A Good Question

Because of the convenience of the internet, I receive a lot of correspondence–questions, comments, thoughts, ideas, the occasional poem. I am very grateful for that and I learn a lot. I try to respond to every single person.

This email really struck me, and I asked the sender if I could post it. I’ve Xed out the person’s name and location (didn’t want to outrage the profs), but the question gets at something pretty universal. How do you reconcile the craft side of art with the creative side? How do you work on “saying something?”

I’ve been studying music here at university for 3 years now, and more recently I’ve been feeling that my playing, particularly my improvising, is very empty. It’s more frustrating because I feel disconnected from the ideas, and sometimes lack thereof, which makes me feel like there’s no deeper meaning in what I’m playing.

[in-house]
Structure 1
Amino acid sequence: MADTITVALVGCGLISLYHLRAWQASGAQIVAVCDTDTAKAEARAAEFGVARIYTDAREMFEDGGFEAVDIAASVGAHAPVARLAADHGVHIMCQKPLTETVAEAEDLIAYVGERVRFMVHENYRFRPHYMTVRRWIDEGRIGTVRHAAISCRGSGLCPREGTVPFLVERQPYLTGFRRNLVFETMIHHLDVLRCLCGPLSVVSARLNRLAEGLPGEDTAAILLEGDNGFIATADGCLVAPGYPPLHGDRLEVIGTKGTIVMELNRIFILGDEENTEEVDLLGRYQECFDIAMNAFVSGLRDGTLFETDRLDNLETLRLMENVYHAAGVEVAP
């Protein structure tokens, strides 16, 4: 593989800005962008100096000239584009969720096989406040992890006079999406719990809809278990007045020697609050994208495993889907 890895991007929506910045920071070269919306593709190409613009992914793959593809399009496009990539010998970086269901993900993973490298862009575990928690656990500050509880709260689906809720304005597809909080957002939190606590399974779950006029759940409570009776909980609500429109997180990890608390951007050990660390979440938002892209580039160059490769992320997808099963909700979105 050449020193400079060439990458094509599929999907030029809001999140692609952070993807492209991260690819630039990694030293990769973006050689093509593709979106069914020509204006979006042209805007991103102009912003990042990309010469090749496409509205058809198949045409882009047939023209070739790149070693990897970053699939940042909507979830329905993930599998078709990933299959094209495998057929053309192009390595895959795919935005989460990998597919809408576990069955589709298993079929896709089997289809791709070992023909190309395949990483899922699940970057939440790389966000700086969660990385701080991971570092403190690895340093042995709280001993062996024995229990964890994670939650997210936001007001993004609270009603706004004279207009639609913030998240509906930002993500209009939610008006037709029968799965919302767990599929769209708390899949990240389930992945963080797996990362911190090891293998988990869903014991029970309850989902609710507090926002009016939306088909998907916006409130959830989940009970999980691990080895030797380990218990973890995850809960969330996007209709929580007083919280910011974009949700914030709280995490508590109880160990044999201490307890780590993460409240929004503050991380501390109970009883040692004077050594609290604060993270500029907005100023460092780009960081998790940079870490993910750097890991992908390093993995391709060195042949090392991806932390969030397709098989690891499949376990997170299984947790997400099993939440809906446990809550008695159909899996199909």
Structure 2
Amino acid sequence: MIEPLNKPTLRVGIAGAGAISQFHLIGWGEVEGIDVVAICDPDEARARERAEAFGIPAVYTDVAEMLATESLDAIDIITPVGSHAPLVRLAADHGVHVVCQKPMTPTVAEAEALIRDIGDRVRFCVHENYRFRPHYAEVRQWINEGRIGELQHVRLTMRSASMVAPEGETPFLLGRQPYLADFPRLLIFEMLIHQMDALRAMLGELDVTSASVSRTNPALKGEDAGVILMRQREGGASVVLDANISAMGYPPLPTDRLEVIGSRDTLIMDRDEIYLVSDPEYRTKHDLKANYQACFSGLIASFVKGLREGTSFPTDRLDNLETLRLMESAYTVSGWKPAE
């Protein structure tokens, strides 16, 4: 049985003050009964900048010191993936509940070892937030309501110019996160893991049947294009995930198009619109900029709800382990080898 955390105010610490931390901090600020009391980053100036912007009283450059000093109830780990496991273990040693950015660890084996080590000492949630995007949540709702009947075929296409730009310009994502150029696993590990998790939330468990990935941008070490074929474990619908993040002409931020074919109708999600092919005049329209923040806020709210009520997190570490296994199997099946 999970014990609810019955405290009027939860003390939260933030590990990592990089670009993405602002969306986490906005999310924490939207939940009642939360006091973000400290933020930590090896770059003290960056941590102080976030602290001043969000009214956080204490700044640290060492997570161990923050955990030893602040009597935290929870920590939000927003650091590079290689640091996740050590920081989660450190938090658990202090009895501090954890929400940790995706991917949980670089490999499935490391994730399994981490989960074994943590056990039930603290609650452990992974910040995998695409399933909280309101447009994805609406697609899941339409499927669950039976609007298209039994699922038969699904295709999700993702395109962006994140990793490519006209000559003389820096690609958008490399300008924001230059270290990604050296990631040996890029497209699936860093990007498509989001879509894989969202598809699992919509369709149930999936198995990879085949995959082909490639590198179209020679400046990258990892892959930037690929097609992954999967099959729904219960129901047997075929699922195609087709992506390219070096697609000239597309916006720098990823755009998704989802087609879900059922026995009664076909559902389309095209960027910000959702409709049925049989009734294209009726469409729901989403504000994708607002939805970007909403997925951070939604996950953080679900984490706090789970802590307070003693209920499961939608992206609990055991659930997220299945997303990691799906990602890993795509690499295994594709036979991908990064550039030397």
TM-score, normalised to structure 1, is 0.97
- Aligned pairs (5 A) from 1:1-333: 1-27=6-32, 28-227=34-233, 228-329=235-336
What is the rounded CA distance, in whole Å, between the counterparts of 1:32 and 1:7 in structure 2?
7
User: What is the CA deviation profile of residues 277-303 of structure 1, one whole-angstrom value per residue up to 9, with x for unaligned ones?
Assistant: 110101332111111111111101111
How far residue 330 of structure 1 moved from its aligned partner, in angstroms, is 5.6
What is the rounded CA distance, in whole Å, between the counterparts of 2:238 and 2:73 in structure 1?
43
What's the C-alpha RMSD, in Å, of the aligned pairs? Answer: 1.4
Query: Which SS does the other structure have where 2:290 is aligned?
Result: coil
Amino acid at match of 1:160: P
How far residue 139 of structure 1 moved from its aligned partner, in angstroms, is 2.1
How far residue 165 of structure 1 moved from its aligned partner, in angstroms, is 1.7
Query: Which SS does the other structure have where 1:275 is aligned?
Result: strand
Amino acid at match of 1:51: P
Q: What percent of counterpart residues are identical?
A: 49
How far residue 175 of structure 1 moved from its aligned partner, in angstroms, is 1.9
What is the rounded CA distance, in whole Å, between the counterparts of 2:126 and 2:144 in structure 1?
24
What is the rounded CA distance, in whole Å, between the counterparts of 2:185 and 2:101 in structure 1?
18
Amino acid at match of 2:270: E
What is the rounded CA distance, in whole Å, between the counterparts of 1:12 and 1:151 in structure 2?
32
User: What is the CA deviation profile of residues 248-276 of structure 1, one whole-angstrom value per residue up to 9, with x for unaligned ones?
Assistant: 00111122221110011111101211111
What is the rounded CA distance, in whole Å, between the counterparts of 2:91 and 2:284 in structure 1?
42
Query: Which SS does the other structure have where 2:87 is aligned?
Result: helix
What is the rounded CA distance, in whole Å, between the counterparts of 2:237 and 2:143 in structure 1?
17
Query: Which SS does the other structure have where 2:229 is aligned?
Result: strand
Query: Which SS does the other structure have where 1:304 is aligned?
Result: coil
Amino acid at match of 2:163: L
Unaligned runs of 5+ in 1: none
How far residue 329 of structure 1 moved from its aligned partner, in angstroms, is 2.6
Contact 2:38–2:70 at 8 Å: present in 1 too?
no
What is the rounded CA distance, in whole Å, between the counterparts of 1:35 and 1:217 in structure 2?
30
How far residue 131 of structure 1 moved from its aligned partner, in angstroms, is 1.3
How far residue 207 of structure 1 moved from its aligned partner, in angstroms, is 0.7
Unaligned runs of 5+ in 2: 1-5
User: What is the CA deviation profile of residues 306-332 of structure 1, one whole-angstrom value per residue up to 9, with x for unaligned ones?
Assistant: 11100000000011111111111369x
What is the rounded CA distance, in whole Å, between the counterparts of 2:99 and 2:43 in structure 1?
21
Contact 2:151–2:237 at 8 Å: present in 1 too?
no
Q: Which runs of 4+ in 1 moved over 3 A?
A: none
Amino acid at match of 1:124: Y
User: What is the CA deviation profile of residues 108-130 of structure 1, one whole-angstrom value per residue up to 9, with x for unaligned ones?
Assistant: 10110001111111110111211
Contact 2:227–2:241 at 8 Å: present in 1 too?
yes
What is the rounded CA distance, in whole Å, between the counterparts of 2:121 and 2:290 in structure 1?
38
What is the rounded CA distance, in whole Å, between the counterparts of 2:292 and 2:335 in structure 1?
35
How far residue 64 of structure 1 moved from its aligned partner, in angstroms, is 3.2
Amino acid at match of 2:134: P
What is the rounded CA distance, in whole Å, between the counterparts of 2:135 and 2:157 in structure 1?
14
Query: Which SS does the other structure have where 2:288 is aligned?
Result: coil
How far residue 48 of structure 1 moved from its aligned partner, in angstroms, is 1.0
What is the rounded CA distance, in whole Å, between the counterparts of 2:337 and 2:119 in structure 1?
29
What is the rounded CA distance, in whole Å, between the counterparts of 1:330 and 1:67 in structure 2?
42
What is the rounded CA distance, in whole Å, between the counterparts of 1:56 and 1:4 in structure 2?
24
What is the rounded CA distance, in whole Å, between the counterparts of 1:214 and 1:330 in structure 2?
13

My teacher here has me practicing: 1hr – Technical warmup (Long tones, Triad Pairs through cycle, symmetrical intervals, alternating symmetrical intervals “i.e. P4-m3, P4-M3”), 1hr – ii-V/Turnaround/Pattern through cycle, 1hr – Transcribing solos, 1hr – Learning tunes.

At this stage of the game, do you agree with this practice regimen? I think it’s not leaving enough time for creative ideas, as most of the things he has me working on are technical based. Also, with this much practice per day, plus class and homework, it doesn’t leave a lot of time for creative composing, my other passion. What are your thoughts on composing with a very time-consuming schedule?

I hope you find a spare second to try and help me out of this rut!


First of all, let’s give it up for the four hours of practicing a day. That’s admirable.

But before I wade in with other suggestions, I thought maybe some of you in the community might have some thoughts on this issue. On the road with SFJAZZ Collective I had a chance to discuss it a little bit, and heard some pretty surprising answers. And I’ll bet you all have more. Let ‘er rip.